As many Missourians know from the experiences of their friends or family members, a stroke – a clot or burst blood vessel in the brain – can be a devastating condition that prevents the victim from working and interferes with daily living activities. While the likelihood of experiencing a stroke increases with age, persons in their 30s and 40s can suffer from a disabling stroke. This post will address the criteria for proving an SSD claim for a disability caused by a stroke.
The Social Security Administration classifies strokes as a neurological disorder, along with conditions such as epilepsy, benign brain tumors and Parkinsonism. Strokes are specifically called vascular insults to the brain. The SSA regulations define a vascular insult to the brain as “brain cell death caused by in interruption of blood flow within or leading to the brain”; brain cell death can also be caused by a ruptured blood vessel or aneurysm in the brain.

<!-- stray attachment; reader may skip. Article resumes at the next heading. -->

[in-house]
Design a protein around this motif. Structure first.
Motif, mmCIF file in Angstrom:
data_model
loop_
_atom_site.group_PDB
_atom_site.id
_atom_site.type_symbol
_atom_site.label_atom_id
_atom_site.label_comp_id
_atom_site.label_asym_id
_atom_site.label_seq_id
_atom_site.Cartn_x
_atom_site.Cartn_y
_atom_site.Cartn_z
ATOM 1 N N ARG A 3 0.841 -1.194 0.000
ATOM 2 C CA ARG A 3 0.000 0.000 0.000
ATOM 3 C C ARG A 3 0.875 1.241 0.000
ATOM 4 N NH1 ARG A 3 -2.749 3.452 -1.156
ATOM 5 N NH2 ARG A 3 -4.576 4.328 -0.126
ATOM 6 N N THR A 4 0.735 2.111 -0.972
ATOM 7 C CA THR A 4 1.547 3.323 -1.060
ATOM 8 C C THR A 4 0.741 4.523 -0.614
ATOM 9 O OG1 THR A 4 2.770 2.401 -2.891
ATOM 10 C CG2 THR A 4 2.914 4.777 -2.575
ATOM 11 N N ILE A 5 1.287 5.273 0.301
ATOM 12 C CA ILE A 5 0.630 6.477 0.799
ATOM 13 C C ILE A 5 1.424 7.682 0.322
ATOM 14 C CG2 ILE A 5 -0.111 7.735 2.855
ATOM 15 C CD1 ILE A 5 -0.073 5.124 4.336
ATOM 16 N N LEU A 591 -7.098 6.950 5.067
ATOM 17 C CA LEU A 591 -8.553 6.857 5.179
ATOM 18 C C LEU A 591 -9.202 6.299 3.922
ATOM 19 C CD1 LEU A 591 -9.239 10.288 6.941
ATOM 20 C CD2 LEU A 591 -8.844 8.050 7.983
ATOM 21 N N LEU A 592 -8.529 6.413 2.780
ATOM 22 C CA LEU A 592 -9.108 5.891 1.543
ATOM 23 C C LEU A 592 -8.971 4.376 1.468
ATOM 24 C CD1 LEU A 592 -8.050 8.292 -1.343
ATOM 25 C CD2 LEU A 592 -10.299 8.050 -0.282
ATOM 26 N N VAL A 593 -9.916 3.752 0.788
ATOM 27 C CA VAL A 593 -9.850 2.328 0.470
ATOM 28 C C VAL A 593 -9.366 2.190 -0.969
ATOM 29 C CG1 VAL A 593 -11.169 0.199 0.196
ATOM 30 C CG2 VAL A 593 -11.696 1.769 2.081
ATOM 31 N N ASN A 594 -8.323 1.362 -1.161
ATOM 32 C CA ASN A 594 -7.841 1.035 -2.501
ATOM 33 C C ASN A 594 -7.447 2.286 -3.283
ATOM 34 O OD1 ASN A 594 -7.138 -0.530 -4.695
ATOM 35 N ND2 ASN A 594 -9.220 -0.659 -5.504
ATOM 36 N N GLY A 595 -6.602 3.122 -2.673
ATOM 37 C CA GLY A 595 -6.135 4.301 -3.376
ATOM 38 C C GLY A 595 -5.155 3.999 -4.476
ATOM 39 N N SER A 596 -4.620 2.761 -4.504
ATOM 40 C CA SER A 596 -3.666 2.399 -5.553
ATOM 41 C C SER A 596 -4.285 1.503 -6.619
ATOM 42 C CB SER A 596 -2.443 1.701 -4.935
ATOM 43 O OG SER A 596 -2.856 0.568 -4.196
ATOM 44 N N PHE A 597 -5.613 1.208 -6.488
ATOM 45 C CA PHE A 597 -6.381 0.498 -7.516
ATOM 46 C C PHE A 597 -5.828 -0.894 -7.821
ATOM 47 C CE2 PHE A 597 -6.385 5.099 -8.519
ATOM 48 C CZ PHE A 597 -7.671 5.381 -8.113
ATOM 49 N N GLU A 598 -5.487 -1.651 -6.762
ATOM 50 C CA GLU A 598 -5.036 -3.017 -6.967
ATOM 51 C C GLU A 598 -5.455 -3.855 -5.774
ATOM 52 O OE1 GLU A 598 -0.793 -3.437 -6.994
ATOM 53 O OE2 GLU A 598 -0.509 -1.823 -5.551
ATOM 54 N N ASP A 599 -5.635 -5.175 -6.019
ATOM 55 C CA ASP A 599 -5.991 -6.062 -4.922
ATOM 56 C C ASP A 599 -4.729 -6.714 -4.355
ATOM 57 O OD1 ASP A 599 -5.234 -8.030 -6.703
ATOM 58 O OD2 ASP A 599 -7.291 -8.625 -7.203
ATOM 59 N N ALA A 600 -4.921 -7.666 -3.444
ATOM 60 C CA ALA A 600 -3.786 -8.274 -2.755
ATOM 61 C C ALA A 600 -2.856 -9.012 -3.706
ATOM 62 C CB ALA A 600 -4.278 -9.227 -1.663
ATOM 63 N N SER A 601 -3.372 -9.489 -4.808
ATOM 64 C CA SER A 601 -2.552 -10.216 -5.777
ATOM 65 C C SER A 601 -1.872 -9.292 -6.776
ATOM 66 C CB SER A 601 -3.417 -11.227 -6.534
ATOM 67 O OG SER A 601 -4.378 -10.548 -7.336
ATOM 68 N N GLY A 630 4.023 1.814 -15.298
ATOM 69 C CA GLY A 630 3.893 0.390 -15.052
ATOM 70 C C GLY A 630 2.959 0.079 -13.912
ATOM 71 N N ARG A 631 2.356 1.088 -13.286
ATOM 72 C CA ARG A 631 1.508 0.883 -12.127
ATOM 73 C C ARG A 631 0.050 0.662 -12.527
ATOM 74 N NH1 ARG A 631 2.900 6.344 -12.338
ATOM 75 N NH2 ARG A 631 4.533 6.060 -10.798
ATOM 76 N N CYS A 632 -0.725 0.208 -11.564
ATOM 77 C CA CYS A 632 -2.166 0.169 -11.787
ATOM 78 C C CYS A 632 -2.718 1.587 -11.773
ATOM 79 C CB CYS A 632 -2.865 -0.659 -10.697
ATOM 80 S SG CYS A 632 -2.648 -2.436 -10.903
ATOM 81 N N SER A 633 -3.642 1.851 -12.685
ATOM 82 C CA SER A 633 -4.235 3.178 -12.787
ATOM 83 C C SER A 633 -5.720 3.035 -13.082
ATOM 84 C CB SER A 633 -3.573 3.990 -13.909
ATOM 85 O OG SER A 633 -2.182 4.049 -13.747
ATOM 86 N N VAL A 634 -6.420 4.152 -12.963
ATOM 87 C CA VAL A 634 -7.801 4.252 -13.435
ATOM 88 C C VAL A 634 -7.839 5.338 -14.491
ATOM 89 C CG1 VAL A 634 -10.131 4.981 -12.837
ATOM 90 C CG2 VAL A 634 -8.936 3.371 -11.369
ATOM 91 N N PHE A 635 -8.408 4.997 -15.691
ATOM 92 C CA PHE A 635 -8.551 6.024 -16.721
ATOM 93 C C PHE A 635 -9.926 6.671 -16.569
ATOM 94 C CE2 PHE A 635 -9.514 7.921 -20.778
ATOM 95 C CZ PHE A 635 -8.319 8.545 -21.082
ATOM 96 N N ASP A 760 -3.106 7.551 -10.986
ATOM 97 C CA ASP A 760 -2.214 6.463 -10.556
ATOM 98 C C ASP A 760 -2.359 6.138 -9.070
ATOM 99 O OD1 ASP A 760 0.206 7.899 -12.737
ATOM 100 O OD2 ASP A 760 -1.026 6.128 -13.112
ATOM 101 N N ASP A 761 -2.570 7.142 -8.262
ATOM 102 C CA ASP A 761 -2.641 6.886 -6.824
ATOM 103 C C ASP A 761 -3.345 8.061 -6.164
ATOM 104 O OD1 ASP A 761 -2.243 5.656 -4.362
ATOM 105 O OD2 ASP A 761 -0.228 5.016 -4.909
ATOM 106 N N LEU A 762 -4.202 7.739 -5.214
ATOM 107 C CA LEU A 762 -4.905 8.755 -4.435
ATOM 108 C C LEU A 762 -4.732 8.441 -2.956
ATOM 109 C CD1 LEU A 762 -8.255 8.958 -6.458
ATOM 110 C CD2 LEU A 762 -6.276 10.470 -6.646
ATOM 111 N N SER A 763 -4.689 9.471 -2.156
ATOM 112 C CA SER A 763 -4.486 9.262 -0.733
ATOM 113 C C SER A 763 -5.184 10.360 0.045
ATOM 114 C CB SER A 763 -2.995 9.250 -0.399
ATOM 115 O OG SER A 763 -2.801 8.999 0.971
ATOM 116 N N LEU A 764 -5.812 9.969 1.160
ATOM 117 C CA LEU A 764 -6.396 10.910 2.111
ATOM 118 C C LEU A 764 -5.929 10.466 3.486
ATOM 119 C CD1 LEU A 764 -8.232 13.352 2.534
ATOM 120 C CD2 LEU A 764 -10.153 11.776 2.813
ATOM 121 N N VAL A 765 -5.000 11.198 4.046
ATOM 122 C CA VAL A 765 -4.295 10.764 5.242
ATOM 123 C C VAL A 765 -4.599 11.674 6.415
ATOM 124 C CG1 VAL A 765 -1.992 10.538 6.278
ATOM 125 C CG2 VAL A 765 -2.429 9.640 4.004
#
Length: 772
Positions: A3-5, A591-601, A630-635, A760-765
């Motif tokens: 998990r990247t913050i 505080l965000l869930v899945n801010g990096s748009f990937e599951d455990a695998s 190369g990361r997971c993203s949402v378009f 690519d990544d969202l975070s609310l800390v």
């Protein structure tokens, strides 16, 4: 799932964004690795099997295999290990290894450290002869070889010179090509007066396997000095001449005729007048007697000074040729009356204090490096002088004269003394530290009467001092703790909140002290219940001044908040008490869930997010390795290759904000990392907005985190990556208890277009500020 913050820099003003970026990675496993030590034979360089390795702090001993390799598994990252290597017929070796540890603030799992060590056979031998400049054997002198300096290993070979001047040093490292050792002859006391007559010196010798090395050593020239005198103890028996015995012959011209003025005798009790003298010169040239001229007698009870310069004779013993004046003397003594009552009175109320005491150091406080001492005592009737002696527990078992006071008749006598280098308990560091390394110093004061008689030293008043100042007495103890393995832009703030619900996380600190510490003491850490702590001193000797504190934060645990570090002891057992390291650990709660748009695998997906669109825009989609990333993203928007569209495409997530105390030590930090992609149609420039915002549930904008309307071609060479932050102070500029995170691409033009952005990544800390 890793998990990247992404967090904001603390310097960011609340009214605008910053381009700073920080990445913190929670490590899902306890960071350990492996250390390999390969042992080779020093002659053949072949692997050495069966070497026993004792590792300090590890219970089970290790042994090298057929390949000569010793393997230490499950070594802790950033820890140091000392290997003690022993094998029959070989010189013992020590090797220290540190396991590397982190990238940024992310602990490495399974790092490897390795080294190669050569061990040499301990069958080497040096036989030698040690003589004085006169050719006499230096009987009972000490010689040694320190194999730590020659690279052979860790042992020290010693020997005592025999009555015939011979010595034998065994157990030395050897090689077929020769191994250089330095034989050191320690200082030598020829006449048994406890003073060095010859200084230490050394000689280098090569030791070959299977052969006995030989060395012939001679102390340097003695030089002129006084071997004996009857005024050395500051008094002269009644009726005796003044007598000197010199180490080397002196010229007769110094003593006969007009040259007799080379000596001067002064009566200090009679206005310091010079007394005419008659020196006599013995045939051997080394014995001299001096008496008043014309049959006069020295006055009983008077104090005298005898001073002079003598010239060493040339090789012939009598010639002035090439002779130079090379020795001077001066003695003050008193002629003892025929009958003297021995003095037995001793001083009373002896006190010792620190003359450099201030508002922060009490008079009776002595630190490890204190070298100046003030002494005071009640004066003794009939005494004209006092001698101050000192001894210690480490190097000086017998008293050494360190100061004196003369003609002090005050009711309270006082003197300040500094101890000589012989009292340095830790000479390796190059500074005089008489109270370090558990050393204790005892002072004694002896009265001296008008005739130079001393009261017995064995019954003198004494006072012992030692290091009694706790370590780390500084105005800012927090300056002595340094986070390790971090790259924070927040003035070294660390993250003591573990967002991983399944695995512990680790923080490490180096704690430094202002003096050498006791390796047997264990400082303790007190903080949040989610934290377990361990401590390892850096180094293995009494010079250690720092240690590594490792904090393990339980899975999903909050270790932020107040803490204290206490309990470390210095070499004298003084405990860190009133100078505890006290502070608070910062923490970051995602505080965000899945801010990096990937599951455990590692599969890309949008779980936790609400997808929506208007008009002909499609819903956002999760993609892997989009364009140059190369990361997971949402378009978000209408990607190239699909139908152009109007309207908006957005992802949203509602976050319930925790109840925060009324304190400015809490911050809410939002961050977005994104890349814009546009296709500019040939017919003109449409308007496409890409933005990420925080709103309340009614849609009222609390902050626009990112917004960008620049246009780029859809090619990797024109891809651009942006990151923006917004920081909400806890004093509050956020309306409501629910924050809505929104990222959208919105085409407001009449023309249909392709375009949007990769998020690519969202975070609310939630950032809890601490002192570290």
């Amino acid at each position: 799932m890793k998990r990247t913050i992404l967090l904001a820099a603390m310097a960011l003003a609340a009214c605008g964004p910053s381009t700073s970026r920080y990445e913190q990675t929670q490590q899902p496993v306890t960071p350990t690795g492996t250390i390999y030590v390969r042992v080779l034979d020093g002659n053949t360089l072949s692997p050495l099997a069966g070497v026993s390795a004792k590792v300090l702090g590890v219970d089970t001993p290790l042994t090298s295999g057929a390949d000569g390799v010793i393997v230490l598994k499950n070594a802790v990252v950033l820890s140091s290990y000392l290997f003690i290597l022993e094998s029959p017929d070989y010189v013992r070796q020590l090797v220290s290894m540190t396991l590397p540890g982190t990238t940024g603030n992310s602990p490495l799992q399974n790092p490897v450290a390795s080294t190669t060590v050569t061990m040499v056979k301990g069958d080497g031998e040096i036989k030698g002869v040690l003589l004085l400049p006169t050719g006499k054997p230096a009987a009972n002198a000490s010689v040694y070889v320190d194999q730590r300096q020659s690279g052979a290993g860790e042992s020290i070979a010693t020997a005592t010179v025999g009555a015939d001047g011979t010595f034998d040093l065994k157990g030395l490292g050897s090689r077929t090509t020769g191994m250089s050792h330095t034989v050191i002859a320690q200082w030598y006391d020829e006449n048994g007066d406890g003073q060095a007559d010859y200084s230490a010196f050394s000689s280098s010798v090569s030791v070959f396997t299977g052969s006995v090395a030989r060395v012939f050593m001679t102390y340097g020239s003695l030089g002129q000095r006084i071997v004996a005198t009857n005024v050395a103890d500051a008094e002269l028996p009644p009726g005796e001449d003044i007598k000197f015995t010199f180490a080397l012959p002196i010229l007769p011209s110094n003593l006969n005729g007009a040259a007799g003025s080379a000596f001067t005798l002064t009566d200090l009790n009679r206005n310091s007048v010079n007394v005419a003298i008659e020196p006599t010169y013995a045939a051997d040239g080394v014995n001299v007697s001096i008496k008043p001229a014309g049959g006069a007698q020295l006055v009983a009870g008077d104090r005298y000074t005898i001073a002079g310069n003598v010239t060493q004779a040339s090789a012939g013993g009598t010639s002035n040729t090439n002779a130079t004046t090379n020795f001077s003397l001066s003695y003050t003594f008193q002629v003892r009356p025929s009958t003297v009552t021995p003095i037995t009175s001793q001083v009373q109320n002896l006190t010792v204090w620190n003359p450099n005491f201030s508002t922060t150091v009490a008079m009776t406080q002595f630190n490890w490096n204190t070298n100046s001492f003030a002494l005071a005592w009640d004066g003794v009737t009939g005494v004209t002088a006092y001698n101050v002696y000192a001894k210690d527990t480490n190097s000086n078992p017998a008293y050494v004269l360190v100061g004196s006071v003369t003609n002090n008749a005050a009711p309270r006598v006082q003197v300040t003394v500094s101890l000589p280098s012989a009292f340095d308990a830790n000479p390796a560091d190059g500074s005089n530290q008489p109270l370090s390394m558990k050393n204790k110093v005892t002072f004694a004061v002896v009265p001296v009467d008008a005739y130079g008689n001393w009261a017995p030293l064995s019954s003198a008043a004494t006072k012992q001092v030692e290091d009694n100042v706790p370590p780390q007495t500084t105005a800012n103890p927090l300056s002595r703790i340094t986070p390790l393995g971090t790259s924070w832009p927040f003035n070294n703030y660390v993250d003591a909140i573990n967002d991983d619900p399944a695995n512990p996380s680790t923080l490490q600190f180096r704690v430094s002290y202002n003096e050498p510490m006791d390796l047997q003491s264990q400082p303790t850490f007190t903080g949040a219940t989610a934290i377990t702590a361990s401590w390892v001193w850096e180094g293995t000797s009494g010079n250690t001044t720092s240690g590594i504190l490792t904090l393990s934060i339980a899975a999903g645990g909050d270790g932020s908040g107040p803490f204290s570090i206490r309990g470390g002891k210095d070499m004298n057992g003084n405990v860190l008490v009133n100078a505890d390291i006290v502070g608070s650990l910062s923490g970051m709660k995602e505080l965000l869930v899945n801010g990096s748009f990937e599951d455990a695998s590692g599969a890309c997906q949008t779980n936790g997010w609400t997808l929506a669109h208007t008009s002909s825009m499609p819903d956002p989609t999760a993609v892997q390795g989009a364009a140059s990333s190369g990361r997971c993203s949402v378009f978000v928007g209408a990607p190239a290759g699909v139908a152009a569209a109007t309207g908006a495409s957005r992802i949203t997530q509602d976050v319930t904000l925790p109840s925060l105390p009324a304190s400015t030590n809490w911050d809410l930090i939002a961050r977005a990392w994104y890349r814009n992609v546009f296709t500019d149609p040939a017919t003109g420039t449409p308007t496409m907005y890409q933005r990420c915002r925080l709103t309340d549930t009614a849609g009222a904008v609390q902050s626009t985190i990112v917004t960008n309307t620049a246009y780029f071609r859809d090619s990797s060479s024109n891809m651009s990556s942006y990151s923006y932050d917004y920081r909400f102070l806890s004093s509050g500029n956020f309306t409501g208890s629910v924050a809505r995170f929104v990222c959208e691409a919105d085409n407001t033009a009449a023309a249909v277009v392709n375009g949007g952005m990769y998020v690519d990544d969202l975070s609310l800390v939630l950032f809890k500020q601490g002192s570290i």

A person seeking disability benefits for the effects of a stroke must provide evidence of the ways in which the vascular insult interferes with a person’s speech or motor skills, such as walking and standing. Generally, one of the three following conditions will qualify for benefits: (a) sensory or motor aphasia that interferes with effective speech or communication, (b) disorganization of motor function in two extremities that interferes with the ability to stand or maintain balance, or (c) limitation in physical functioning accompanied by impaired mental functioning. Each of these conditions must have lasted at least three consecutive months after the insult occurred.
Proving disability caused by a stroke can be difficult. Anyone who is contemplating applying for SSD benefits may wish to consult a lawyer who specializes in handling SSDI benefit claims. Such a consultation can provide a helpful overview of the case and an estimate of the likelihood of obtaining benefits.
Source: Social Security Administration, “Disability Evaluation Under Social Security, 11.04 Vascular insult to the brain,” accessed on Dec. 31, 2016